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The Final Chapter is a weak retread of Resident Evil’s greatest hits

Photo: Sony Pictures

It’s a shame that the zombie-mowing, monster-bashing post-apocalyptic Resident Evil series should end on a bum note, with one of its weakest entries; whether taken as guilty pleasures or as termite art, these movies are the only good thing to have come out of the early 2000s craze for schlocky video-game adaptations. They’re terrifically entertaining, boasting a capable pulp heroine in Milla Jovovich’s wasteland-roving Alice and an action-to-downtime ratio that makes most of their genre competitors look like pretentious twaddle. Jovovich’s husband Paul W.S. Anderson produces, writes, and directs most of them, and he’s a disreputable, utterly sincere sci-fi stylist whose dogged commitment to filming corridors, urban wastelands, and anything reminiscent of Aliens (including, yes, Alien Vs. Predator) eventually metastasized into a set of narrative themes. But behind these strong B-movie values is a series that begs to not be read literally—a mirror maze of internal metaphors, self-reflected through the mutations, clones, resurrections, simulations, memory wipes, and Lewis Carroll references that make up its continually reformulated and retconned backstory. Anderson is an artist of zombiod head-shots and secret testing facilities, and Jovovich is his muse.


But they can’t all be masterpieces, can they? Anderson has never been a bigger-is-better filmmaker, so for Resident Evil: The Final Chapter, the grand finale of the franchise he’s shepherded for 15 years, he simply opts to return to the setting of the first film with another Aliens­-inspired ticking-clock structure. This time around, Alice joins forces with her arch-nemesis, the artificial intelligence known as the Red Queen (Jovovich and Anderson’s daughter, Ever Anderson), who has decided to finally turn on the villainous, mutagen-making Umbrella Corporation and its diverse portfolio of global conspiracies. That means a return trip from the catastrophic ruins of Washington, D.C. to the nuclear blast zone of Raccoon City and the remains of the massive underground laboratory called the Hive. (The climactic last stand of human survivors against the grotesque undead teased at the end of Resident Evil: Retribution has been relegated to an opening info-dump that doubles as an act of audience gas-lighting.) Mutated dogs, deadly laser grids, guns with supernumerary barrels, unnecessary motorcycle stunts, corporate secrets, scenes transitioned through wireframe maps—all of the series’ greatest hits are here.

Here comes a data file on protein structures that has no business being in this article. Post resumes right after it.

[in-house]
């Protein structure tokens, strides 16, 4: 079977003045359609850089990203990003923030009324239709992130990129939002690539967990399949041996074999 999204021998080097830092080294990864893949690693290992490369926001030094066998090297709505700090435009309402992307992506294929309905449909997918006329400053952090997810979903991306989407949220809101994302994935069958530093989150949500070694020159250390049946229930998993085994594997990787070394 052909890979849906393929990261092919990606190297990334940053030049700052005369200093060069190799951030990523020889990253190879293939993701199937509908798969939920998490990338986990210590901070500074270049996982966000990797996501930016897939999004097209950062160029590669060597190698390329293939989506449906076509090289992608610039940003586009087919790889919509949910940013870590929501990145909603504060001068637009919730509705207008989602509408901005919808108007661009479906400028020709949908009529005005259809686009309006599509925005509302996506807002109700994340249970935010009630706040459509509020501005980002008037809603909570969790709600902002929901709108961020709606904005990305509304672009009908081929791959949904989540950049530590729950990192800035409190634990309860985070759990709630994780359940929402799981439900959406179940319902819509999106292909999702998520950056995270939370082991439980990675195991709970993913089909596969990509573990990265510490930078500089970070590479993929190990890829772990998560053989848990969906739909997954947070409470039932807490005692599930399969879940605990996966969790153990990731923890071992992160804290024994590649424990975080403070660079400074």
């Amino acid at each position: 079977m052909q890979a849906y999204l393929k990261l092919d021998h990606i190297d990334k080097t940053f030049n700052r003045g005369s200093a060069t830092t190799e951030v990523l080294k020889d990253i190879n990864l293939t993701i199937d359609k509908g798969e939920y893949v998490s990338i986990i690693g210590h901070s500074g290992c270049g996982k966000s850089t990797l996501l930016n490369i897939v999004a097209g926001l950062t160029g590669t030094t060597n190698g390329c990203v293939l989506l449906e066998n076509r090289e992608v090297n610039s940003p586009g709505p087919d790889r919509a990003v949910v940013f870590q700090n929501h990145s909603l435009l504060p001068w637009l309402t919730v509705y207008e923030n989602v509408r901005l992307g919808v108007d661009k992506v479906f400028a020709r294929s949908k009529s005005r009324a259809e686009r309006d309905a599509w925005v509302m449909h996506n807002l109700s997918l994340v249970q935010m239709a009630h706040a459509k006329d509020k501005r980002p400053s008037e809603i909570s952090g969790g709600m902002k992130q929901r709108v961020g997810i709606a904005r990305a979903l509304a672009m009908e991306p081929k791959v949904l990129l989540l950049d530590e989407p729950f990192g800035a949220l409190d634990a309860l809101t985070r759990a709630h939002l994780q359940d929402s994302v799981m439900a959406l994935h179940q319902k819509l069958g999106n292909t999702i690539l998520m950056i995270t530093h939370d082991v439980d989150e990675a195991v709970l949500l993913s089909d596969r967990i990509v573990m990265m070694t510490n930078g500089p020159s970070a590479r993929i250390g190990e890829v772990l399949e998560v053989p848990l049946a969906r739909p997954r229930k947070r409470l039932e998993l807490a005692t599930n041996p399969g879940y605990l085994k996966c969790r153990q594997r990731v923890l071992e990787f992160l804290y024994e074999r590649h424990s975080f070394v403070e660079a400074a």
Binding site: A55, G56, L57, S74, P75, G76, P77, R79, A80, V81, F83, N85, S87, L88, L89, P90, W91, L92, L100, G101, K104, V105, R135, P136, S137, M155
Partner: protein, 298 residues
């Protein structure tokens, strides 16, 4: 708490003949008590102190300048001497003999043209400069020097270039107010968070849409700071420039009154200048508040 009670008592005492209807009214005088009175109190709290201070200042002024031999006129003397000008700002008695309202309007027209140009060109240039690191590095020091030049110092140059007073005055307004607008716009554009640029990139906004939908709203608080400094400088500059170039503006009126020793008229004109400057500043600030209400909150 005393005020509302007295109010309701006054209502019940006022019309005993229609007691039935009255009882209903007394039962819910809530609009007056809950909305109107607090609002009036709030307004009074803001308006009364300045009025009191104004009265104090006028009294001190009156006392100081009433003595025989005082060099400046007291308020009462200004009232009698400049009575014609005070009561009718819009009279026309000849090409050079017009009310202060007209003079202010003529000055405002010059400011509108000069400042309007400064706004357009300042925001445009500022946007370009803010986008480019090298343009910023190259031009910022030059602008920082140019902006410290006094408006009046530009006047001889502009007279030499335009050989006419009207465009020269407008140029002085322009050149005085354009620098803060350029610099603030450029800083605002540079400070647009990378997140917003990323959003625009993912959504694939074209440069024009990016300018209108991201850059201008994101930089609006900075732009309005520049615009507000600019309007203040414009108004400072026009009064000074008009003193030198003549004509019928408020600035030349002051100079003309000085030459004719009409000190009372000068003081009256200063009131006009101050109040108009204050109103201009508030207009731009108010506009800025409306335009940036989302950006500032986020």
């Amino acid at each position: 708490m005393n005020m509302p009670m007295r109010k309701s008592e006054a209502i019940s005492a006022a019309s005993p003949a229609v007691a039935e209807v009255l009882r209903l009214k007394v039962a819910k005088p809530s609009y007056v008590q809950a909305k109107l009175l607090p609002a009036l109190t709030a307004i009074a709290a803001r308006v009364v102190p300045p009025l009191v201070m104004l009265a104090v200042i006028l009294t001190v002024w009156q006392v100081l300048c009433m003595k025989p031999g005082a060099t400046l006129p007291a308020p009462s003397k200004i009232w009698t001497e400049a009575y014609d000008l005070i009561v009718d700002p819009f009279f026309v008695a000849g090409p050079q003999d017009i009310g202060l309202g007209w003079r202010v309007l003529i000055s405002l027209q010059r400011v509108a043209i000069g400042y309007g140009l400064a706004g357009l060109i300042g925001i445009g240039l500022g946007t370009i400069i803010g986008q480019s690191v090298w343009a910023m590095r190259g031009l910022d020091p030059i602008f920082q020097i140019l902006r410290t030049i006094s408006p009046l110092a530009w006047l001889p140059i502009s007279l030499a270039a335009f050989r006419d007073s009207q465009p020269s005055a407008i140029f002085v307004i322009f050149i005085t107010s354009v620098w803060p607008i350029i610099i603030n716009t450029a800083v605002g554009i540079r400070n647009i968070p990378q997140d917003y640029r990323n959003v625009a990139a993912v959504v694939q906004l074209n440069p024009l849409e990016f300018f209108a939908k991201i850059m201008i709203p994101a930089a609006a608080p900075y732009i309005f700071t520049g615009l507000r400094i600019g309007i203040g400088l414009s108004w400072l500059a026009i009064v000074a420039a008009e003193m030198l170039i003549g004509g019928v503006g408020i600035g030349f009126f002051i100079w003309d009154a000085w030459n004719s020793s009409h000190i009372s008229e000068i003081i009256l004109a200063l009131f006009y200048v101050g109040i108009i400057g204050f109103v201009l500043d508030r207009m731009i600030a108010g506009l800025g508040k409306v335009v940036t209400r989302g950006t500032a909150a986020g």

The volume of stuff isn’t helped by the fact that The Final Chapter is cut much, much faster than any of Anderson’s previous films, by the memorably named Doobie White, a longtime associate of Crank: High Voltage directors Mark Neveldine and Brian Taylor. Combining Anderson’s symmetrical camera style with frenetic editing ends up imploding the sense of depth and space that has long made the director’s movies must-sees in 3-D. The breathless pace even suffocates a couple of third-act plot twists, robbing one of its potential poignance and the other of its subversive political subtext. But the rapid-fire aesthetic has its moments—namely, a highway battle that shows the influence of Mad Max: Fury Road and a crazed, fiery siege sequence that pits Alice and a group of Raccoon City survivors against an easily distracted army of hungry zombies that seems to number in the hundreds of thousands. It seems significant that the shambling undead—the single easiest can’t-miss metaphor in the bestiary of horror—hold almost no interest for Anderson, except as a generic threat.

No, in his films, location is plot, but it’s also subtextual and psychic—all those death traps, trap doors, labyrinths, and escape hatches. Here, for the very first time, he skirts incoherence. Still, as a writer he can be relied on for at least one memorably pulpy, self-reflexive turn of phrase per film. Here, a corporate villain addresses his board of executive co-conspirators, telling them of his plan for a post-plague Earth: “We can reboot it in our image.” Sometimes, you can’t help but think that these movies are about art.

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